Sermon by Mother Laura Howell
September 28, 2010
The Eve of the Feast of St. Michael and All Angels
Solemn Profession of Sr. Patricia Michael Hauze
In the name of God, Father, Son and Holy Spirit. Amen.
Sister Patricia Michael, was it only yesterday that you and I sat together upstairs in the Library and you told me you were afraid that God might be calling you to the monastic life? As I recall, the words “I am afraid” were an important part of your fearful declaration. And you have often been afraid, haven’t you? Afraid you were not educated enough. Doubted that you were up to the task of being a monastic. Afraid you were too weak. Dejected because you were not worthy. But you are here today. WE are here today, too, on your behalf.
You know how poor my memory for names/dates/places is. And you know how I have a skewed sense of time—a piece of my spirit in eternity, while the rest is here. So maybe it was just yesterday that we had that conversation, not seven or eight years ago. But how many things have changed since then!
For sure I can look back in my calendar and see that you took your novice vows on May 17, 2005. The years you spent as a novice and in annual vows weren’t easy years. They were never meant to be. For a monastic, they are the years in boot camp, and in ever more advanced Ranger training. You have been learning how to maintain the laser-like focus in your center, no matter what the external environment. Sometimes illness, or pain, or clamoring parishioners distracted you. And you failed sometimes, didn’t you, and got knocked down for it? But you crawled back through the mud, avoiding most of the shells whistling overhead. You learned to recognize quickly the danger signs that your deadly enemy was near, disrupting communication from headquarters. You studied the holy policy and procedures manual that described what to do now that you had enlisted. It also gave a clear picture of the chain of command all the way to the top. You have fought on your own, in silence and solitude, and you have fought at the side of other souls. You have known a lot of our foe’s dirty tricks. And you have helped others wounded in the battle.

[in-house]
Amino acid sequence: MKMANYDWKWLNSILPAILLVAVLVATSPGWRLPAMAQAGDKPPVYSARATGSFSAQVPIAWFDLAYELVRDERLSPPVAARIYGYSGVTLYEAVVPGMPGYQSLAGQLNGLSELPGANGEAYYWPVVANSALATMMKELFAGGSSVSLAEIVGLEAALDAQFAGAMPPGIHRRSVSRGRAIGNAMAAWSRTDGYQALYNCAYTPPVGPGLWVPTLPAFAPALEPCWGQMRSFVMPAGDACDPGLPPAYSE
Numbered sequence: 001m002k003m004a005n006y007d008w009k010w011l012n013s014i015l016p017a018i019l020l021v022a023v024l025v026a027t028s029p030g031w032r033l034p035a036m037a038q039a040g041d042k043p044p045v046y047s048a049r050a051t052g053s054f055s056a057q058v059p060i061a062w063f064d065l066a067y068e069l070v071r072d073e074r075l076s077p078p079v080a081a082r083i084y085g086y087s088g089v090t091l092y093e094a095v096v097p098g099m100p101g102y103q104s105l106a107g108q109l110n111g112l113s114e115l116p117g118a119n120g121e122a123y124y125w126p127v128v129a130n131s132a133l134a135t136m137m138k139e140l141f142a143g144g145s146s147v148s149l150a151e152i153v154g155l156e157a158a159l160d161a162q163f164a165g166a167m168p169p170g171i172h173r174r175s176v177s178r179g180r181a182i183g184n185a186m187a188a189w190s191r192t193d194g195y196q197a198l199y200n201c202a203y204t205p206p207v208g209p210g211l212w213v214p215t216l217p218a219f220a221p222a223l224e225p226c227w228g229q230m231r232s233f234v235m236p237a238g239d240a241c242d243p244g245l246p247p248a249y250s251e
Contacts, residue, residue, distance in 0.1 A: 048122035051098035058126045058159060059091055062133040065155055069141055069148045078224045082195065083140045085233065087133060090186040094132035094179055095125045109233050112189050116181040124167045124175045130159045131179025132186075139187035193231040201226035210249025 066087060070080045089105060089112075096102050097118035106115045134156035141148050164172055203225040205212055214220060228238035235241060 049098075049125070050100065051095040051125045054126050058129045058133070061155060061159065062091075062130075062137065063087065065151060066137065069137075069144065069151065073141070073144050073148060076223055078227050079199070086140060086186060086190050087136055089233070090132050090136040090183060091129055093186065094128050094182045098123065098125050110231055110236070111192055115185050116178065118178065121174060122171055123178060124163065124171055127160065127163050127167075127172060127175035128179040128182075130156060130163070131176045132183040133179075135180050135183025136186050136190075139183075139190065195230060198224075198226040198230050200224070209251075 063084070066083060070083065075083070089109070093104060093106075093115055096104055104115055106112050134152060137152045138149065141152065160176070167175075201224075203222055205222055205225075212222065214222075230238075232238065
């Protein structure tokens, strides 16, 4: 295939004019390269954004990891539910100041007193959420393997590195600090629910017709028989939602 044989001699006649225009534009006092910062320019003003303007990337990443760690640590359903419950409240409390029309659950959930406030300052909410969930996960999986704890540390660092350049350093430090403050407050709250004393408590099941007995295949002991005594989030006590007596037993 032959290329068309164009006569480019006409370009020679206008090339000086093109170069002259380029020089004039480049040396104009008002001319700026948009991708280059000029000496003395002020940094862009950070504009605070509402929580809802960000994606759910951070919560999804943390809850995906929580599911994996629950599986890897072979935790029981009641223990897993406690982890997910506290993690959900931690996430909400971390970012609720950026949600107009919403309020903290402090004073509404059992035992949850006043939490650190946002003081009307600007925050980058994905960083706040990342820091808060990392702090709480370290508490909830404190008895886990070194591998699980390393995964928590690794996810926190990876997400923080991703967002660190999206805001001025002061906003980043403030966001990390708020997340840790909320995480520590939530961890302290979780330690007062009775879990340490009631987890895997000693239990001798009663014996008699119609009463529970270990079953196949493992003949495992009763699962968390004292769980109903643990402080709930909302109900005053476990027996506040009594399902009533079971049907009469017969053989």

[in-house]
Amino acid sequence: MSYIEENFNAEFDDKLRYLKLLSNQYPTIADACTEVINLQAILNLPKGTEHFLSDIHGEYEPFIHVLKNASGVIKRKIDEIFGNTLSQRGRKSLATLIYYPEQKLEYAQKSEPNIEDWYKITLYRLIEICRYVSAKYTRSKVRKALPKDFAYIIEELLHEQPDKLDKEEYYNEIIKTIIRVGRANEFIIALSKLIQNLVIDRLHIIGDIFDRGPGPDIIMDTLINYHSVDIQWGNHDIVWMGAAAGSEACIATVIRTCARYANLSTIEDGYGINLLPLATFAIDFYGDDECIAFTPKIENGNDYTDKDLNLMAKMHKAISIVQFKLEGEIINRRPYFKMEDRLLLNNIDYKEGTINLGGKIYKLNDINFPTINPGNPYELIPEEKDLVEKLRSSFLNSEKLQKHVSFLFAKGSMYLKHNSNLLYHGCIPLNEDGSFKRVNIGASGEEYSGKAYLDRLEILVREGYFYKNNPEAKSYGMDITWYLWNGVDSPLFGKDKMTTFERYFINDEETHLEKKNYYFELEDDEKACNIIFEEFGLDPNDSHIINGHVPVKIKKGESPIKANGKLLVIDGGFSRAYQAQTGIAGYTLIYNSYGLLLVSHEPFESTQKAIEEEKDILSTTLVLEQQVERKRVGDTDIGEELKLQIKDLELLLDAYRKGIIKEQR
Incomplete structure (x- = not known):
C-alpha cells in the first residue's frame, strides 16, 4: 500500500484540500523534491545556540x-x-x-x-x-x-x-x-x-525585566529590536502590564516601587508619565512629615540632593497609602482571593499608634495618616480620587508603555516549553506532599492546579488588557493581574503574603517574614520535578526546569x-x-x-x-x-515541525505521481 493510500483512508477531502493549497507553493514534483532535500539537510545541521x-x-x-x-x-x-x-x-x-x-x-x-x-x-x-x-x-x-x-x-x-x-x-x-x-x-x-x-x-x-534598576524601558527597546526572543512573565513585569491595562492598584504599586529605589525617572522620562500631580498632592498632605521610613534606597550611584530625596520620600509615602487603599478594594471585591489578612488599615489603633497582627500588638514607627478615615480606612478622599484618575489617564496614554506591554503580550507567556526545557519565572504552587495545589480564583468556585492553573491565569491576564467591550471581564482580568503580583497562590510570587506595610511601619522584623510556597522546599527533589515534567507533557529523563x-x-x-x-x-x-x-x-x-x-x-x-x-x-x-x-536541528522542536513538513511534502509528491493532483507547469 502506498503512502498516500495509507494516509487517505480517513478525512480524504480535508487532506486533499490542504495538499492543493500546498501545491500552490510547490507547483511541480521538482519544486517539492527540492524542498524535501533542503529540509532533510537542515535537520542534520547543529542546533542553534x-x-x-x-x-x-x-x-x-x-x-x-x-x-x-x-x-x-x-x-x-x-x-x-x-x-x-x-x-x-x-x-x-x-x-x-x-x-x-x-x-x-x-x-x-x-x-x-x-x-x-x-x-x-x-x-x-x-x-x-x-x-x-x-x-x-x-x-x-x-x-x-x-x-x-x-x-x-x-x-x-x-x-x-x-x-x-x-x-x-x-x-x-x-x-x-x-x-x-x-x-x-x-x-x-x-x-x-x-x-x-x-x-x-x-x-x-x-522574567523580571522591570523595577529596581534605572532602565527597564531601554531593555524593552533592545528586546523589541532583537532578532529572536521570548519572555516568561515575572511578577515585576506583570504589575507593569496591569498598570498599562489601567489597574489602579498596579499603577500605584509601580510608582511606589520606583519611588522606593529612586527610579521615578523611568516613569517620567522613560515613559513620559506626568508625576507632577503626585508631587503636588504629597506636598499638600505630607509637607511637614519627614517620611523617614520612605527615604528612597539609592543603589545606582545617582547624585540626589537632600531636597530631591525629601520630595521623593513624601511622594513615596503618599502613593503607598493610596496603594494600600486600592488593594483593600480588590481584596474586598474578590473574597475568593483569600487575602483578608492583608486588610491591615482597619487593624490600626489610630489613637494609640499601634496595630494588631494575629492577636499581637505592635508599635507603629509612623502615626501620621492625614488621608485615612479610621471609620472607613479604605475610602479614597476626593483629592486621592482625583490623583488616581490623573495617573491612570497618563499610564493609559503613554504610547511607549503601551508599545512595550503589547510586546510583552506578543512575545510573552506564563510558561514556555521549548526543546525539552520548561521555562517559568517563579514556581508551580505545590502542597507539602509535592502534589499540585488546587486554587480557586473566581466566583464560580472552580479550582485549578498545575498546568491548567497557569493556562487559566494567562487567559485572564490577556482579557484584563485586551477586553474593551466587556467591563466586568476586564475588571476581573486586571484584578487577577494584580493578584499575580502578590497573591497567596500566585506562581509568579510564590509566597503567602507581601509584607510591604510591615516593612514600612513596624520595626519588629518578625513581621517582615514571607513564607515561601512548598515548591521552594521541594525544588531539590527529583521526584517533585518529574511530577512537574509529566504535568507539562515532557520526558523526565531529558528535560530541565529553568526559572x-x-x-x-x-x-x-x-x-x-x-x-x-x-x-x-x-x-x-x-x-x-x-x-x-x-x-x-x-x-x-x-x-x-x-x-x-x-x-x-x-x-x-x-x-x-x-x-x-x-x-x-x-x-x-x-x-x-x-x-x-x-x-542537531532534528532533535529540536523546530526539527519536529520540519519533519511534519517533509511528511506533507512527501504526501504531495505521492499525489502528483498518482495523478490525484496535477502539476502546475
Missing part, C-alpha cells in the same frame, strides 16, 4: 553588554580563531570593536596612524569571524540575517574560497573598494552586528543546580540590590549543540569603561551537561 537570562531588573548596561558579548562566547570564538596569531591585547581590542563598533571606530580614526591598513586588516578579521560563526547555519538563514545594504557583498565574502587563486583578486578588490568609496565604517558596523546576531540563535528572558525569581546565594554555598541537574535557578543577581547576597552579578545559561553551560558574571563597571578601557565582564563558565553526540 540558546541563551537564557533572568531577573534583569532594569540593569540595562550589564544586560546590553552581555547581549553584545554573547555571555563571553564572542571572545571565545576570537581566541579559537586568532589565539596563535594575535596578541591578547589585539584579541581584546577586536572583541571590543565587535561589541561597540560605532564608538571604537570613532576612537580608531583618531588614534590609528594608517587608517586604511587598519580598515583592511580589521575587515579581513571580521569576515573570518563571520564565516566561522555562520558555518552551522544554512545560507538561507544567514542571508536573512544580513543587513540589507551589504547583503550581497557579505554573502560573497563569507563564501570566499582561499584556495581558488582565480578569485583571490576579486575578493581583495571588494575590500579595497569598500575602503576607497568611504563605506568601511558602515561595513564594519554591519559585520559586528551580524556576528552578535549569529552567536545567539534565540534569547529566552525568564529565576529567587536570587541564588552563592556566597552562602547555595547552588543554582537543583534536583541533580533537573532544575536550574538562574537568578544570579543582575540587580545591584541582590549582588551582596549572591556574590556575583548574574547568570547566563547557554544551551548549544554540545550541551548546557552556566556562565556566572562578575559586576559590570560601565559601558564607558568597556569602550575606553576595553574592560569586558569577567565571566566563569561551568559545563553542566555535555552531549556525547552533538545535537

And here you are today. About to become a lifer. No one can suspect you of naïveté at this point. In the mysterious way that only God understands, God has called you. And you have responded, “Yes, sir,” over and over. Tonight, you respond with the ULTIMATE “Yes, sir,” and you sign your life-long enlistment papers.
It’s not merely because it was a convenient date that you chose the Eve of the Feast of St. Michael and All Angels for your Solemn Profession. Any more than it was whimsy for you to take Michael as your name in religion. You can’t fool me. I know what you are up to underneath that quiet and humble exterior. Those who have eyes to see can see it perfectly plainly. You have joined the army, and you are marching behind that banner with the big red cross. Together with a great host, you are following after Captain Michael.
As I meditated on this day and the long journey you have taken to get here, one of the stories of the Desert Fathers kept coming back to mind. Abba Agathon was giving a conference to the brothers in his monastery. They asked: "Amongst all good works, which is the virtue which requires the greatest effort?" Abba Agathon answered: "Forgive me, but I think there is no labor greater than that of prayer to God. For every time someone wants to pray, the enemies, the demons, want to prevent it. For they know that it is only by turning someone from prayer that they can hinder the journey. Whatever good work a person undertakes, with perseverance, that person will attain rest. But prayer is warfare to the last breath.”